Would you like to hop on a time machine? Well, just travel to Fenghuang Old Town.
Sunset time, sunset time, the colorful time, why do we need to tone the picture with grayscale?
We came to Fenghuang (凤凰) after spending not-so-good days in Guangxi, due to overcast weather’s making the sceneries not as attractive as advertised.
And luckily we were blessed as the town welcomed us with fresh breeze of a cool clear day. It amazed us while we were passing Nanhua (南华) road bridging the river, overlooking the town illuminated by the purest sunshine of the day.
At that time tourists hadn’t flocked into the streets, so Fenghuang’s beauty was unveiled at its best.
Once you have a chance to visit Fenghuang, I’m sure you will do this as in the photo: crossing river via the stepping stones.
The town is pretty small and perfect to discover all tracks on foot by yourself. As long as you walk southwards, there will be a lot more surprises at every lurking spot. I usually refer the river-facing roads as the more exposed main street, compared to the less busy south area behind them.
You will encounter the big Culture Square and West Gate (it’s named West but located south). Fenghuang has 4 gates: Nanhua, North, East and West, and 2 wall segments: one between Nanhua Gate and East Gate, and one near West Gate. Along the West Gate wall is a small canal, which I found pretty untouched and charming.
Well it wouldn’t be China if there were no lantern decoration. Heading back northwards to the alleys near East Gate and we were overwhelmed by the red tones at every corner. The red complemented well with the blue sky, making the scene itself picturesque without using any filter.
If it’s noticeable enough for you, we have blue, we have red, and now we have green. It was lucky for us to experience all the striking colors in one day thanks to the great sun.
That’s why it was a blessing, a present this town gave to its visitors, a perfect collaboration of time and place.
The Rainbow Bridge (虹橋) seen above is a typical photography spot in Fenghuang, whether looked from high or low viewpoint, at sunset or sunrise time. Inside there are a lot of shophouses where you can treat yourself with some cute souvenirs.
I truly appreciated the surprising moment a boat passing by us, in front of us, on a perfectly still green backdrop. We were tempted to continuously take shots, but I felt it was necessary to get the camera off, keep silence and view it with our bare eyes.
After the usual rest following lunch time, I waited until 4pm to be back on the journey again. This time the objective was as simple as to catch the sunset.
Here was the panoramic view of Fenghuang, when standing at the Wind Bridge.
The color combination at sunset was totally mesmerizing, as if the objects were emerging from an oil-painting picture.
I couldn’t describe how cherished I felt when taking this photo, no word could express it. It took me 2 hours to long for the sunset and reserve the standing place for my tripod, see how deserved I was.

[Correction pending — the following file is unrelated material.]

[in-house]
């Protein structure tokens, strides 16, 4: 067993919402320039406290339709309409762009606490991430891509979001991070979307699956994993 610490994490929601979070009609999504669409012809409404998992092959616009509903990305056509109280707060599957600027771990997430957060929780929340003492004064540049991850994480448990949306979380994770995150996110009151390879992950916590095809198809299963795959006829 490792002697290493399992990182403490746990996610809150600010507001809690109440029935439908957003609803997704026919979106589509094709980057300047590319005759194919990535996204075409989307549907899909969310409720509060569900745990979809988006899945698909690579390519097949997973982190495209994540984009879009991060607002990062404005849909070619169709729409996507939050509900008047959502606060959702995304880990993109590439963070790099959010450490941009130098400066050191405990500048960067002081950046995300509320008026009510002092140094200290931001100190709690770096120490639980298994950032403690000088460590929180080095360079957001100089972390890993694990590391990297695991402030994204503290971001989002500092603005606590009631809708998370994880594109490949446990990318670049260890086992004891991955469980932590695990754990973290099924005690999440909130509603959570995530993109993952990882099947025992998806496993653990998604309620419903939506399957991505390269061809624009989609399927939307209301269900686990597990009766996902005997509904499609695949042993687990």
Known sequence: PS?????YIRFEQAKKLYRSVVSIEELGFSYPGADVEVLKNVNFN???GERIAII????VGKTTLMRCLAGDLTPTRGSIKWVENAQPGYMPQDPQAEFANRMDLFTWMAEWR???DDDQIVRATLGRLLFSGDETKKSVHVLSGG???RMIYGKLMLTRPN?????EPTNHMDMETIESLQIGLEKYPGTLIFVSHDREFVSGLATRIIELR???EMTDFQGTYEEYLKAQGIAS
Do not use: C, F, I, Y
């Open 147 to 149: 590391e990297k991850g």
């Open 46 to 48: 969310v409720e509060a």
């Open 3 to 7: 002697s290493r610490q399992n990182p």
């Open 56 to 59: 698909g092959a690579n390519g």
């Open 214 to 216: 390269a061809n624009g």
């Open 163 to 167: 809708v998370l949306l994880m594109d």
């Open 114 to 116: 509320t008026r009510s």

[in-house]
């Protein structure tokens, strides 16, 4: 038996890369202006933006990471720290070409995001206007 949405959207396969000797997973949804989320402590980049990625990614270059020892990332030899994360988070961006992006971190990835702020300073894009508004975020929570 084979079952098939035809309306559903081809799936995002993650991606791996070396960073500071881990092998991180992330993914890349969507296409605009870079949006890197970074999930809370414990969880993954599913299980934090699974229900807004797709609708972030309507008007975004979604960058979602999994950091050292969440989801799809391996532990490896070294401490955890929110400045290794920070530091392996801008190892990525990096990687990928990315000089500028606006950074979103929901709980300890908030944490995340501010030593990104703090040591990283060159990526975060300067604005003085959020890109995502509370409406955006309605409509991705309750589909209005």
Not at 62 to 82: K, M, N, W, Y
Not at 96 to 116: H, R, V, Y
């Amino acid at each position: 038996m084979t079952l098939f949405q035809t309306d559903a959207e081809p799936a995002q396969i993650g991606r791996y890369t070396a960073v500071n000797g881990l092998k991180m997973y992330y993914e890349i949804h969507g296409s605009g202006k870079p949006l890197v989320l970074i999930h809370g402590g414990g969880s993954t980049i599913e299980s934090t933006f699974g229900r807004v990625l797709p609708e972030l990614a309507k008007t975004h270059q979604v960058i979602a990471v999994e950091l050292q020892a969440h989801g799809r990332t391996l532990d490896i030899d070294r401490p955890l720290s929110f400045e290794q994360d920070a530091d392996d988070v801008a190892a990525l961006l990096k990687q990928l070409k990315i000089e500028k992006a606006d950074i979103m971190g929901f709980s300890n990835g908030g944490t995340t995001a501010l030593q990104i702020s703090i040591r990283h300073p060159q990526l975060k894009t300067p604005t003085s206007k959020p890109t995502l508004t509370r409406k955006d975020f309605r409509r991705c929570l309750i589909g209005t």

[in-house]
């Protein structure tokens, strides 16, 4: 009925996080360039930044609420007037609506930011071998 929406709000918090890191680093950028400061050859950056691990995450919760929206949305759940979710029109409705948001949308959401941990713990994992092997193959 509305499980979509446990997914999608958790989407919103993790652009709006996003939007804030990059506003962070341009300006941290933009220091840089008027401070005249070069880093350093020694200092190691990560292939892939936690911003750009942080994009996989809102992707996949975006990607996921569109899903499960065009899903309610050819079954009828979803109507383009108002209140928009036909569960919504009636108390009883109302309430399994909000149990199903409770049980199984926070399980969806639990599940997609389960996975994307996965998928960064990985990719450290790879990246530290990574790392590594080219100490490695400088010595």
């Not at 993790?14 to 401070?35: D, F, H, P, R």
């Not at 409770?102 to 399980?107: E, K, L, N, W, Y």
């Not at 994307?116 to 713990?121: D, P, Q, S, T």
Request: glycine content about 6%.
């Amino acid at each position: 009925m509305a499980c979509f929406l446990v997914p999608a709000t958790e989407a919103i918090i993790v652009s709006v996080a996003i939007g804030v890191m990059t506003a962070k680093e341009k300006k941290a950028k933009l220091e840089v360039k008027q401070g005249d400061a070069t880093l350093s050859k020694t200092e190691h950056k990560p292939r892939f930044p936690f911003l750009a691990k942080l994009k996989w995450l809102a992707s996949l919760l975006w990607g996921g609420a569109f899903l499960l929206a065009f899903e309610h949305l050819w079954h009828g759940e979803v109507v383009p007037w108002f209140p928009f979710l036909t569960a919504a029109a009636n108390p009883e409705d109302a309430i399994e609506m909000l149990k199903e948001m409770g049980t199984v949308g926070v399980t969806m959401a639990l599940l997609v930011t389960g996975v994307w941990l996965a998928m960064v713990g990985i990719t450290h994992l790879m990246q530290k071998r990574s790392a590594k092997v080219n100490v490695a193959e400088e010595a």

I had taken hundred shots from this spot with various setups, and all looked consistently good, nevertheless, only a few among the best could be selected for this post.
It was kind of noisy, as the wooden riverside houses which looked ‘ancient’ were actually karaoke restaurants with powerful speakers. The town then resembled an ordinary busy city when lights were up.
The next day weather in Fenghuang was not as ideal as the first, but anyway, the dull tones might give the scenery a different appearance to capture.
Laid on silky amber piece of cloth, the little little endearing souvenirs such as charms, purses or bracelets are captivating to the passersby, and you hardly give them a miss.
I noticed the second day was more towards native culture and less touristy gimmicks compared to the first day, perhaps the life tempo was much slower.
I opened my umbrella when the sky went worse, but that didn’t hinder me from shooting more photos. One hand for umbrella and one hand for camera was bearable, though it might have been kinda tiring to hold.
And here were some memorable captures. The walking-in-the-rain classics.
For the end of this post, we had all the colors twinkle on the curtain of night.
This post is a part of the China series.Written in March 2019 © Zuyet Awarmatik.
Zuyet Awarmatrip is a subsidiary identity within the personal ecosystem of Zuyet Awarmatik, focusing on travel and photography.
A Vietnamese usually regarding himself as a carefree solo Eastern backpacker, alongside with his main profession as a UX engineer. Neither being a freelancer nor a digital nomad, this website is built for the purpose of recording his life experience and happenings instead of letting them go into oblivion. He hopes these photos here shall always deliver the colorfulness of this worldly reality.
“Papa Money” by The Sam Willows
When boarding the bus from Fenghuang to Zhangjiajie, the song stuck in my mind was Papa Money, and I replayed it for hundred times. It was just an incidental catch on Spotify, but I treasured that forever.